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Iran executes nuclear scientist for spying for U.S.

Shahram Amiri, a researcher at Iran's Atomic Energy Organization, had disappeared during a pilgrimage to Saudi Arabia in 2009 and later resurfaced in the U.S. He returned to Iran in 2010 and had been detained since then.

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    In this file photo taken on Thursday, July 15, 2010, Shahram Amiri, an Iranian nuclear scientist attends a news briefing while holding his son Amir Hossein as he arrives at the Imam Khomeini airport just outside Tehran, Iran, after returning from the United States. Mr. Amiri, who was caught up in a real-life U.S. spy mystery and later returned to his homeland and disappeared, has reportedly been executed under similarly mysterious circumstances. Amiri was reportedly hanged this week and family members held a memorial service for him in the Iranian city of in Kermanshah, 500 kilometers (310 miles) southwest of Tehran. State media in Iran, which has been silent about Amiri’s case for years, has not reported his death.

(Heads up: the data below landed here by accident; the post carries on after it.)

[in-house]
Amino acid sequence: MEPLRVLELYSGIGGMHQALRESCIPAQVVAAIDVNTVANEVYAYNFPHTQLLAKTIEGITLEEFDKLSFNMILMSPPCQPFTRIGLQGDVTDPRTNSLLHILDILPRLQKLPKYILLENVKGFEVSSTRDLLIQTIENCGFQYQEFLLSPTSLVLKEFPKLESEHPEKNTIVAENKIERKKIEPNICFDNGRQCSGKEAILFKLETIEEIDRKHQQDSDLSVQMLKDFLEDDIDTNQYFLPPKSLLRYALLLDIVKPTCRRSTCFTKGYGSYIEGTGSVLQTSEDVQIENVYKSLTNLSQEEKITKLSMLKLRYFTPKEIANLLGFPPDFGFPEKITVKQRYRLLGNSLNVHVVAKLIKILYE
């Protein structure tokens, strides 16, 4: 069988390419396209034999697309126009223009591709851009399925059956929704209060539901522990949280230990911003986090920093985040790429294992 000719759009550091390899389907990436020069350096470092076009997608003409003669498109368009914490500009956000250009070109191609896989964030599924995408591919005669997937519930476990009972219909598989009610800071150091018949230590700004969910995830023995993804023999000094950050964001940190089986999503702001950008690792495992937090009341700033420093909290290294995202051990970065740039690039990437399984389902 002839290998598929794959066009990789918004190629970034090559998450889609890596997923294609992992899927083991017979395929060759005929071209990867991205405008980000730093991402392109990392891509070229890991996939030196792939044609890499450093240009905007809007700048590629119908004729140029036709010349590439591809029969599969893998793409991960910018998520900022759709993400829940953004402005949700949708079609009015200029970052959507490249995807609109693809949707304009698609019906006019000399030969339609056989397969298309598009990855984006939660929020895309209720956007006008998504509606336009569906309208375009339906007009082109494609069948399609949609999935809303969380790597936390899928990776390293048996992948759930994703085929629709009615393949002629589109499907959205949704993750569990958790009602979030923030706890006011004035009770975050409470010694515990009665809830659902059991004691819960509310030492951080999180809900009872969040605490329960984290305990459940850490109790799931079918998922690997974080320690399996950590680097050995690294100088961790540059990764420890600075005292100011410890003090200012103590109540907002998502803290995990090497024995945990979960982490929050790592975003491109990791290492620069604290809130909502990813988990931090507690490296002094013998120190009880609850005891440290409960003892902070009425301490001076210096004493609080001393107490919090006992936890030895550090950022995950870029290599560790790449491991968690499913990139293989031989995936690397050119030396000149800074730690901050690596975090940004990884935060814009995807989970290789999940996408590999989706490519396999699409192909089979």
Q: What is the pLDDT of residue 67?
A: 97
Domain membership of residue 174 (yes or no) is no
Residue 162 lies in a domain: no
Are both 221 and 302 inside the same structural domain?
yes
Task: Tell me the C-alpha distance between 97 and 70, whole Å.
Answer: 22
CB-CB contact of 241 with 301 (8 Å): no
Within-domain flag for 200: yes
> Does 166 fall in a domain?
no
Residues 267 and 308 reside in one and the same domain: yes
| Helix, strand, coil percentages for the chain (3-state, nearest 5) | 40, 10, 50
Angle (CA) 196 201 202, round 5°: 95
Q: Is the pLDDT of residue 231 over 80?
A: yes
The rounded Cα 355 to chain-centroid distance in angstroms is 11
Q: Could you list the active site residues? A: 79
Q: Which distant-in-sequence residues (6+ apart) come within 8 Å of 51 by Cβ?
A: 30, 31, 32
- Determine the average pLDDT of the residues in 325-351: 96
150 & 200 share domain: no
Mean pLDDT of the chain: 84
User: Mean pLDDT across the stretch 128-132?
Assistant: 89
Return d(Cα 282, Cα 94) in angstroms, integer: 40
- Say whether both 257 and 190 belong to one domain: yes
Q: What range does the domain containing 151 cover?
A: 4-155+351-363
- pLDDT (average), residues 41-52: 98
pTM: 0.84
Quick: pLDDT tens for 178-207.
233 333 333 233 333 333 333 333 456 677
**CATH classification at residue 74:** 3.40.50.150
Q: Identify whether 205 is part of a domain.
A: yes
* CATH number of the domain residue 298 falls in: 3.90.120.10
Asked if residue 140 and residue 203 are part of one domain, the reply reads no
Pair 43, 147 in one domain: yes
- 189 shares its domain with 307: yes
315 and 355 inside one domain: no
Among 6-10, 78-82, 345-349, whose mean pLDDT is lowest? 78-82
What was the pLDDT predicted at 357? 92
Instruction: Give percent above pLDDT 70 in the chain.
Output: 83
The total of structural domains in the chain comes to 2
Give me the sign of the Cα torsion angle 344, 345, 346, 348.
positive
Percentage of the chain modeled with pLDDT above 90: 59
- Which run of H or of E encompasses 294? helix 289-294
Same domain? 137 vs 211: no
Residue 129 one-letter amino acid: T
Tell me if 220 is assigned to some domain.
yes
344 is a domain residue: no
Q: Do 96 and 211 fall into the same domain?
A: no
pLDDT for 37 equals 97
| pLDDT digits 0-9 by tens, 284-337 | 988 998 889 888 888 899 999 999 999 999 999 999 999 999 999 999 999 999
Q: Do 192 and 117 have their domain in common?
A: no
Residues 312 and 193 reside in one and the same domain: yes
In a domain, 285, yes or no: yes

Vahid Salemi/AP/File
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Iran has executed an Iranian nuclear scientist detained in 2010 when he returned home from the United States, after a court convicted him of spying for Washington, a spokesman for the judiciary said on Sunday.

"Through his connection with the United States, [Shahram] Amiri gave vital information about the country to the enemy," Gholamhossein Mohseni Ejei told a weekly news conference, state news agency IRNA reported.

Mohseni Ejei said a court had sentenced Mr. Amiri to death and the sentence had been upheld by Iran's Supreme court, IRNA said.

Amiri, a university researcher working for Iran's Atomic Energy Organization, disappeared during a pilgrimage to Saudi Arabia in 2009, and later surfaced in the United States. But he returned to Iran in 2010 and received a hero's welcome before being arrested.

A U.S. official said in 2010 that Washington had received "useful information" from Amiri.

Iran had accused the CIA of kidnapping Amiri. U.S. officials said Amiri had been free to come and go as he pleased, and that he may have returned because of pressures on his family in Iran.

Amiri had denied this, saying "my family had no problems." In a video aired by Iranian state TV in 2010, Amiri said he had fled from U.S. agents.

Iran, the United States and five other world powers reached a landmark deal last year, under which Iran agreed to limit its nuclear program in such a way as to ensure it cannot develop nuclear weapons in exchange for a lifting of economic sanctions.

(Reporting by Dubai newsroom; editing by John Stonestreet and Alexandra Hudson)

 
 
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